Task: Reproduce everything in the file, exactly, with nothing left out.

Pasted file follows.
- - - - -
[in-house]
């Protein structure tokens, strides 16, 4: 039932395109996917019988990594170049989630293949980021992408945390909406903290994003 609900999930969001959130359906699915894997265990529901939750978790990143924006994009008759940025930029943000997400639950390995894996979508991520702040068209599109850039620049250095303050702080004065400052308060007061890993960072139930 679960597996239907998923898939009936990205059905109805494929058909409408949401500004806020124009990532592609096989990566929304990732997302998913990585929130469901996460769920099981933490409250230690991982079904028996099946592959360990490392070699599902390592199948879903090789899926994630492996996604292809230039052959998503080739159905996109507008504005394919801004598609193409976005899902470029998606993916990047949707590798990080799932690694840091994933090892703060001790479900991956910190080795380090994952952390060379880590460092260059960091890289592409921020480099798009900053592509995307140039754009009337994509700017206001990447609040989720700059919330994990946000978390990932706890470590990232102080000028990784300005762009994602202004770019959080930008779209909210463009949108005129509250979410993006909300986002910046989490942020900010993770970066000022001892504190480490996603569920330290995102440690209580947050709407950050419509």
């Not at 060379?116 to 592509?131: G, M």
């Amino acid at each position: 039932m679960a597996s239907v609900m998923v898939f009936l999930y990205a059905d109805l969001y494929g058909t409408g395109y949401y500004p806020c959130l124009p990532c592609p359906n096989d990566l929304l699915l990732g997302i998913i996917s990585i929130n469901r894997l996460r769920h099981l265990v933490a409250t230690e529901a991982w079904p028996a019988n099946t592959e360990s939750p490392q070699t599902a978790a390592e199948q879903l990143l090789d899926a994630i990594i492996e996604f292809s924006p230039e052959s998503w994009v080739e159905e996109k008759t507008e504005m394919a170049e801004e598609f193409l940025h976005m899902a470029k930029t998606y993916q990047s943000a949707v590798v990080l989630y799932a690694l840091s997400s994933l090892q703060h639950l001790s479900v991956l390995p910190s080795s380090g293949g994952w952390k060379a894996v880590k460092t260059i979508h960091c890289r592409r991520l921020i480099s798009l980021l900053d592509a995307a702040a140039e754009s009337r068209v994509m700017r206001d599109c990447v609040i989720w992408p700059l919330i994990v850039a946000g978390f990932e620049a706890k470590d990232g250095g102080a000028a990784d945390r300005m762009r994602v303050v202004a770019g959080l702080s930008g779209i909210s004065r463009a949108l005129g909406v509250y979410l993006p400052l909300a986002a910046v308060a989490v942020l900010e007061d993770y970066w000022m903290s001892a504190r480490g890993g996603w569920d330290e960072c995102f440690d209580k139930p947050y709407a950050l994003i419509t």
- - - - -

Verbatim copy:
[in-house]
């Protein structure tokens, strides 16, 4: 039932395109996917019988990594170049989630293949980021992408945390909406903290994003 609900999930969001959130359906699915894997265990529901939750978790990143924006994009008759940025930029943000997400639950390995894996979508991520702040068209599109850039620049250095303050702080004065400052308060007061890993960072139930 679960597996239907998923898939009936990205059905109805494929058909409408949401500004806020124009990532592609096989990566929304990732997302998913990585929130469901996460769920099981933490409250230690991982079904028996099946592959360990490392070699599902390592199948879903090789899926994630492996996604292809230039052959998503080739159905996109507008504005394919801004598609193409976005899902470029998606993916990047949707590798990080799932690694840091994933090892703060001790479900991956910190080795380090994952952390060379880590460092260059960091890289592409921020480099798009900053592509995307140039754009009337994509700017206001990447609040989720700059919330994990946000978390990932706890470590990232102080000028990784300005762009994602202004770019959080930008779209909210463009949108005129509250979410993006909300986002910046989490942020900010993770970066000022001892504190480490996603569920330290995102440690209580947050709407950050419509």
């Not at 060379?116 to 592509?131: G, M």
């Amino acid at each position: 039932m679960a597996s239907v609900m998923v898939f009936l999930y990205a059905d109805l969001y494929g058909t409408g395109y949401y500004p806020c959130l124009p990532c592609p359906n096989d990566l929304l699915l990732g997302i998913i996917s990585i929130n469901r894997l996460r769920h099981l265990v933490a409250t230690e529901a991982w079904p028996a019988n099946t592959e360990s939750p490392q070699t599902a978790a390592e199948q879903l990143l090789d899926a994630i990594i492996e996604f292809s924006p230039e052959s998503w994009v080739e159905e996109k008759t507008e504005m394919a170049e801004e598609f193409l940025h976005m899902a470029k930029t998606y993916q990047s943000a949707v590798v990080l989630y799932a690694l840091s997400s994933l090892q703060h639950l001790s479900v991956l390995p910190s080795s380090g293949g994952w952390k060379a894996v880590k460092t260059i979508h960091c890289r592409r991520l921020i480099s798009l980021l900053d592509a995307a702040a140039e754009s009337r068209v994509m700017r206001d599109c990447v609040i989720w992408p700059l919330i994990v850039a946000g978390f990932e620049a706890k470590d990232g250095g102080a000028a990784d945390r300005m762009r994602v303050v202004a770019g959080l702080s930008g779209i909210s004065r463009a949108l005129g909406v509250y979410l993006p400052l909300a986002a910046v308060a989490v942020l900010e007061d993770y970066w000022m903290s001892a504190r480490g890993g996603w569920d330290e960072c995102f440690d209580k139930p947050y709407a950050l994003i419509t």